The point, which you missed, is that NOTHING changed about me but how I'm viewed is night and day.

While I do agree that all teachers have their weaknesses, administrators should be working with the teachers on that. The sharp increase in passing rates on the state tests during the years I was at the charter should have been worth the administrators backing me up when it came to discipline but it wasn't. THAT was of no value to the school.

Where I am now, I am backed by the administrators but I've never had to actually use that. You see my students KNOW that teachers are backed by the administrators so they don't go there. I don't think I was a bad teacher in my old school. That's the whole point of my post. I'm saying that there are things the teacher does not control that can result in them being seen as bad or good.

Interestingly, we will not see an increase in passing scores in this school because we're already way up there where gains are hard to come by. But I'm seen as a good teacher because, in part, I don't have behavior issues in my classroom. Which, has ABSOLUTELY NOTHING to do with me and everything to do with how my students were raised. I'm valued here because of my subject matter expertise and experience. Unfortunately, my school is unusual. So another teacher just like me ends up being called a bad teacher.
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Old 08-17-2011, 07:52 AM
 
613 posts, read 809,518 times
Reputation: 711
Quote:
Originally Posted by Ivorytickler View Post
The point, which you missed, is that NOTHING changed about me but how I'm viewed is night and day.

While I do agree that all teachers have their weaknesses, administrators should be working with the teachers on that. The sharp increase in passing rates on the state tests during the years I was at the charter should have been worth the administrators backing me up when it came to discipline but it wasn't. THAT was of no value to the school.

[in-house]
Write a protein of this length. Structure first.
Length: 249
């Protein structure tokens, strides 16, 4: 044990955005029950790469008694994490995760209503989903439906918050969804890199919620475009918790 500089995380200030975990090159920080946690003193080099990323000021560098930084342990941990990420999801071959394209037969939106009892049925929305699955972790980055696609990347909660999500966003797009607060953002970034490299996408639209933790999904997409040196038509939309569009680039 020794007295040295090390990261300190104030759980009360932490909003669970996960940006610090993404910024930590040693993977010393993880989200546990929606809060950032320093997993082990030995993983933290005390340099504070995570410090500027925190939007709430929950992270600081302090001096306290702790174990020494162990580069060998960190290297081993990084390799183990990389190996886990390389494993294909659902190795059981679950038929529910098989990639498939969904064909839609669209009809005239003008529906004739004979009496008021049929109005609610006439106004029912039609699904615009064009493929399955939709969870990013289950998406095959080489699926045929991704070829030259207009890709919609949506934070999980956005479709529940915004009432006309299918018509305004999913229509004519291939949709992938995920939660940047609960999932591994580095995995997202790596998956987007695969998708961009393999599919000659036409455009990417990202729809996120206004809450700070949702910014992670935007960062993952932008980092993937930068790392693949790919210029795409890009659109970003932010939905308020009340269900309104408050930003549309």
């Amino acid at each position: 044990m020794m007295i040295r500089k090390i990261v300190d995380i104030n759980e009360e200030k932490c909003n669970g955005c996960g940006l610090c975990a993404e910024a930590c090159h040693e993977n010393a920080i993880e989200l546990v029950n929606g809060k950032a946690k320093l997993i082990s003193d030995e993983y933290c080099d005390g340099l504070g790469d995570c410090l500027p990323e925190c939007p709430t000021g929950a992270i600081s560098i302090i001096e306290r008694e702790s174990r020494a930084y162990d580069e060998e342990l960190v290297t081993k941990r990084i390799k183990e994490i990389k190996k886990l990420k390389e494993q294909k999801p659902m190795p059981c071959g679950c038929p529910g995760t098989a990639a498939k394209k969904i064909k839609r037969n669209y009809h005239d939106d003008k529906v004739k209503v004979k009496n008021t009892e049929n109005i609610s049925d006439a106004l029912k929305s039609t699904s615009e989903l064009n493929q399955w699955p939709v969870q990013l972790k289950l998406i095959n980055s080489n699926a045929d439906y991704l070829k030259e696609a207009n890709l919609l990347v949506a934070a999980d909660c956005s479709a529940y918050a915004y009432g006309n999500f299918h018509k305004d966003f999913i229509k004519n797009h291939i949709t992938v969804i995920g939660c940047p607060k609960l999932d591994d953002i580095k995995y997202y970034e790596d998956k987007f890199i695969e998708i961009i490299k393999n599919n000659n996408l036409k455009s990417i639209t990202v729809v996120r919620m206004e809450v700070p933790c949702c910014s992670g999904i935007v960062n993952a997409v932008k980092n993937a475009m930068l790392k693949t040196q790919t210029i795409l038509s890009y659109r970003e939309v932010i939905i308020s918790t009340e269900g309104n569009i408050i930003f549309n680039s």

Where I am now, I am backed by the administrators but I've never had to actually use that. You see my students KNOW that teachers are backed by the administrators so they don't go there. I don't think I was a bad teacher in my old school. That's the whole point of my post. I'm saying that there are things the teacher does not control that can result in them being seen as bad or good.

Interestingly, we will not see an increase in passing scores in this school because we're already way up there where gains are hard to come by. But I'm seen as a good teacher because, in part, I don't have behavior issues in my classroom. Which, has ABSOLUTELY NOTHING to do with me and everything to do with how my students were raised. I'm valued here because of my subject matter expertise and experience. Unfortunately, my school is unusual. So another teacher just like me ends up being called a bad teacher.
No, unfortunately, you missed the point.
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Old 08-17-2011, 08:45 AM
 
Location: Whoville....
25,393 posts, read 29,747,102 times
Reputation: 14499
Quote:
Originally Posted by wsop View Post
No, unfortunately, you missed the point.
Given I was the one trying to make the point....I don't think so....

I was considered bad enough to fire in my last teaching job. Now I'm considered a good teacher. NOTHING about me changed. But how I am viewed is night and day. The difference is my students.